The absence of a basic NYT Crosswords Rules list is an issue that has been brought up in Our Website. The resolution thereof, however, is revealed both through the books of a handful of writers, such as Patrick Berry’s,Matt Gaffney’s, Amy Reynaldo’s along with The NYT Crosswords to Boost Your Brainpower, and through a discussion forum, which all together come with a wealth of insights.
Below are the twenty-four NYT Crosswords rules that are to be abided by, in an effort to navigate the puzzle for clueing. Verily, they are not to be taken as final inasmuch there is room for improving on them, but they may well suffice to resolve most common crossword riddles.
NYT Crosswords rules
Simple. Do not think twice! Plural answer means a plural clue. Equally, A single form clue signifies a single form answer.
Like answer, like clue, and same applies for intransitive verbs. An intransitive verb does not allow a direct object.
Tense has been a siginifcant factor in finding the correct answer. Moreover, players must take into consideration the tense used in the clue to determine the tense of the answer. In other words, Past answer, past clue.
French answer, French clue or is of French reference.
Broadly put, like answer, like clue, be it standard, informal or slang; this rule, however, does not strictly work for more complicated crossword grids.
Like answer like clue, if partially or uncommonly abbreviated, or tagged with “: Abbr.” Excepted from this rule are the common acronyms and initialisms, for they do not strictly hint to an answer that contains an abbreviation.
7- Shortened words:
Clipped answer, clipped word in the clue such as “May race”, for short” for INDY “, whose tags are “Briefly” or “Familiarly”, used identically. This rule may not help in more complicated crossword grids.
8- Substitution test:
Means the interchangeable usability of the clue as the answer in a sentence, such as substituting the idiom “JUMPED THE GUN” with the phrase“started ahead of time” and vice-versa.
Figuring out the clue in a Saturday puzzle is much harder compared to that of a Monday one.
Parentheses serve to indicate a commonality between both the clue and the answer, like “Liven (up)” for PERK, introduce related terms with the answer like “Play to ___ (draw)” for A TIE, and provide illustration, as in “Lhasa ___ (dog breed)” for APSO.
11- ? Punctuation :
This punctuation mark signals an in-use pun.
12- Kind of/type of/sort of:
These adverbs are used to indicate common phrases, as with cluing MEAL with “Kind of plan”, a cluing strategy that some editors refrain from employing, for they deem it senseless.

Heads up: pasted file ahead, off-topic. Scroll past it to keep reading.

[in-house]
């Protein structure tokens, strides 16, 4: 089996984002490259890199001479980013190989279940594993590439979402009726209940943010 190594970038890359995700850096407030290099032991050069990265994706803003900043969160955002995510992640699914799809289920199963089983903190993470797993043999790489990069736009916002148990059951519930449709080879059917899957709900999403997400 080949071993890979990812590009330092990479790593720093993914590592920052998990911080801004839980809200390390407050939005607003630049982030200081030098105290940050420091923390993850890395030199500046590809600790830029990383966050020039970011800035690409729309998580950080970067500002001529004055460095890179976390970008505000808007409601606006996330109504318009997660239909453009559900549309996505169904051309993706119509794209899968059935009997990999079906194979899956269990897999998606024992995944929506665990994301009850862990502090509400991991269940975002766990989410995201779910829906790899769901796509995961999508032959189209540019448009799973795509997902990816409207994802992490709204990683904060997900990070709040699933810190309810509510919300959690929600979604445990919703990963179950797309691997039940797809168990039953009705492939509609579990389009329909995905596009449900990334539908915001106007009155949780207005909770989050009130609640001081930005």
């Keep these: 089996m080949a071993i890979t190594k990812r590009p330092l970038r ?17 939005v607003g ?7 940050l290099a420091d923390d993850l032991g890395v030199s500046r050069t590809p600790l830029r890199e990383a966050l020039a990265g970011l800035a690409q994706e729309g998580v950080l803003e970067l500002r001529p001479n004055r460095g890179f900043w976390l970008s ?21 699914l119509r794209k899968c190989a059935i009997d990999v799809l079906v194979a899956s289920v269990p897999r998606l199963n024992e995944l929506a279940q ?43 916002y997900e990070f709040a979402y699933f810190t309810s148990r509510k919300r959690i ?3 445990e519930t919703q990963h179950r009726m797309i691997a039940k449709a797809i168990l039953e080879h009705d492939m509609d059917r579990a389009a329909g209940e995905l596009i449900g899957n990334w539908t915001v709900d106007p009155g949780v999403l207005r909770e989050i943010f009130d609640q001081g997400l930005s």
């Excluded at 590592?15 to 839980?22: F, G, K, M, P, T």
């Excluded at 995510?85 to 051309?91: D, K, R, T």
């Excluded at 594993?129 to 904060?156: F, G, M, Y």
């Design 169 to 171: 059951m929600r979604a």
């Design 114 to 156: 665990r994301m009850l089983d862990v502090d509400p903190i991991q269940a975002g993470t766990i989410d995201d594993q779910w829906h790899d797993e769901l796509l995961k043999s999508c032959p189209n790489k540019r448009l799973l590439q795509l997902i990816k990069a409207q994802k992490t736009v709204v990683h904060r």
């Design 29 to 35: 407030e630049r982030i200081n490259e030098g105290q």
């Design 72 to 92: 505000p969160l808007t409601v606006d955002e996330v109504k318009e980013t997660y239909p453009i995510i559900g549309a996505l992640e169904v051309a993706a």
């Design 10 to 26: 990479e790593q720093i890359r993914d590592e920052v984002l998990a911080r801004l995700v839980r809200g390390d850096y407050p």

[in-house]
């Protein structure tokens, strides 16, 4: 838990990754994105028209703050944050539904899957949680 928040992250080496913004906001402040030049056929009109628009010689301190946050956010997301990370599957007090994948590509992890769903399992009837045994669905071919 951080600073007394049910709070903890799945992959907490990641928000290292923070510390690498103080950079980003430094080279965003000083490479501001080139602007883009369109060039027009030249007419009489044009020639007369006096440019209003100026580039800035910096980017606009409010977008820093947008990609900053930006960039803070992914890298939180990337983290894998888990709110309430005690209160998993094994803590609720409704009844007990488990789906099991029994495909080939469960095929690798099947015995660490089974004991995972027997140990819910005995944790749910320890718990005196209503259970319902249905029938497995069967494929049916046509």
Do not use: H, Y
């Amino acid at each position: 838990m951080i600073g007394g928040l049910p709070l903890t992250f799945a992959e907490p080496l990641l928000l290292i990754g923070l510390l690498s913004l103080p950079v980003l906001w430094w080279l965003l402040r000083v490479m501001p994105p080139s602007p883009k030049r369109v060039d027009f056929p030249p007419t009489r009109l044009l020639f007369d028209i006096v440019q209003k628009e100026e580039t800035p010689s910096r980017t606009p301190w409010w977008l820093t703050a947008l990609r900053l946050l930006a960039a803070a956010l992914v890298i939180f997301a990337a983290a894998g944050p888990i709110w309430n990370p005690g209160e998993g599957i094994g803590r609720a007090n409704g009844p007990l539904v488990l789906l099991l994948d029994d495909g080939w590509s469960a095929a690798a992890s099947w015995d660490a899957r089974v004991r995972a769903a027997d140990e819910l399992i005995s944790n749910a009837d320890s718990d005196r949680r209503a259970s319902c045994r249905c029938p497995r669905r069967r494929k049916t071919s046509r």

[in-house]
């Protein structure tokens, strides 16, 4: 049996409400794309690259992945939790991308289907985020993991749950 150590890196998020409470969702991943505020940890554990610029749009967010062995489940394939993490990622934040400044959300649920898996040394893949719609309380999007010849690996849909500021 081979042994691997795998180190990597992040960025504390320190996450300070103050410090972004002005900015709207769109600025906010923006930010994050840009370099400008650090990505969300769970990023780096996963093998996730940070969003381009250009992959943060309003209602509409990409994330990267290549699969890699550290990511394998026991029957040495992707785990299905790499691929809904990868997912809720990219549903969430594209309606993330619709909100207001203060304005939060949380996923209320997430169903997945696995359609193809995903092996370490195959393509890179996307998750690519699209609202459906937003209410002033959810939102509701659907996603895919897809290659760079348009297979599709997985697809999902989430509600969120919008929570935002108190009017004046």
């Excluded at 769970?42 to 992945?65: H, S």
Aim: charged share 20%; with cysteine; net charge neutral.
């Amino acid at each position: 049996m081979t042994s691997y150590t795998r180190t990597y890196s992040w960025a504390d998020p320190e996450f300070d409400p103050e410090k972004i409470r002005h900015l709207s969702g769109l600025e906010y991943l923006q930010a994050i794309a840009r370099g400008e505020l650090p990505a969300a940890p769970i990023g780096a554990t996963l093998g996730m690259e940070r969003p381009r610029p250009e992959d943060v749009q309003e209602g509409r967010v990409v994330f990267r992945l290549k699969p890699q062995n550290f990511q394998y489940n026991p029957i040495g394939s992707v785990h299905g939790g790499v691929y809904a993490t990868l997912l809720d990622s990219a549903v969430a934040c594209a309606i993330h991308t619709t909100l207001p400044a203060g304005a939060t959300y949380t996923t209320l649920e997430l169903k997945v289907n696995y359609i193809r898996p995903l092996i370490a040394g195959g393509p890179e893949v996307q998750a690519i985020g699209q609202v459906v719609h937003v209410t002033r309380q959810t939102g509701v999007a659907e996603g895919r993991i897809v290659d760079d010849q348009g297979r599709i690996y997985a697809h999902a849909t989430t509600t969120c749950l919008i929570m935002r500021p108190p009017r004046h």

13- Number of words:
There are no hints that the answer may consist of long phrases, and it is for the solver to figure them out.
Quotation marks indicate an utterance.
Otherwise known as modifiers, and often as markings that a clue might not always lead to a true answer. Examples are sometimes, usually, occasionally, of a sort, perhaps, in a way, for one, and so on.
This abbreviation, along with similar words that introduce examples, signal a hyponym of the answer rather than a definition of it, as in “Atlantic, e.g.” for OCEAN. That is, it indicates that the answer is specific with respect to the clue.
A preposition that serves to contextualize the answer, like “Use, as an ax” for WIELD.
The answer to a clue asking for someone’s name is usually their last name, and sometimes is their full name; if for their first name, then their last name, a character’s first name, or a joint lead actor’s first name must be the answer, as indicated by the clue.
This one of the popular NYT Crosswords Rules that players must take into consideration. The use of tags like “supposedly”. In fact, they mention it to signal generally accepted truths.
A clue ending with “Var” means things will become fussy, due to the failure of the puzzle constructor or editor to go about reordering the letters. Yet this is a rarity nowadays, and is a good sign that in the puzzle is something nice that compensates for it.
Never does a crossword grid contain two exactly similar answers, if partially similar, such as ON that could be an answer once, but part of it twice. Excepted are common articles like THE, OF, AND, etc.
a. Clues could be equivalents to the answer, in that they indicate its missing part. Take for example “Become understood” with “in” which indicates that the answer is SINK, since “SINK IN” and “Become understood” are synonymous.
b. Clues like “word with tea or ground” indicate that the answer is one that is for both a premodifier, like BALL, or is a postmodifier, like HIGH. But for less complicated grids, “before” or “after” are more likely to be used. c. A word like “with 22-Across” indicates that the answer stretches up to line 22-Across.
Square brackets indicate gestures, such as [Uh-oh!] for GULP, whereas quotes indicate a sound as in “Uh-oh!” for YIKES.
We hope you enjoyed our guide on NYT Crosswords rules. While you provide us with your constructive feeback, you may want to check our guide on Crosswords themes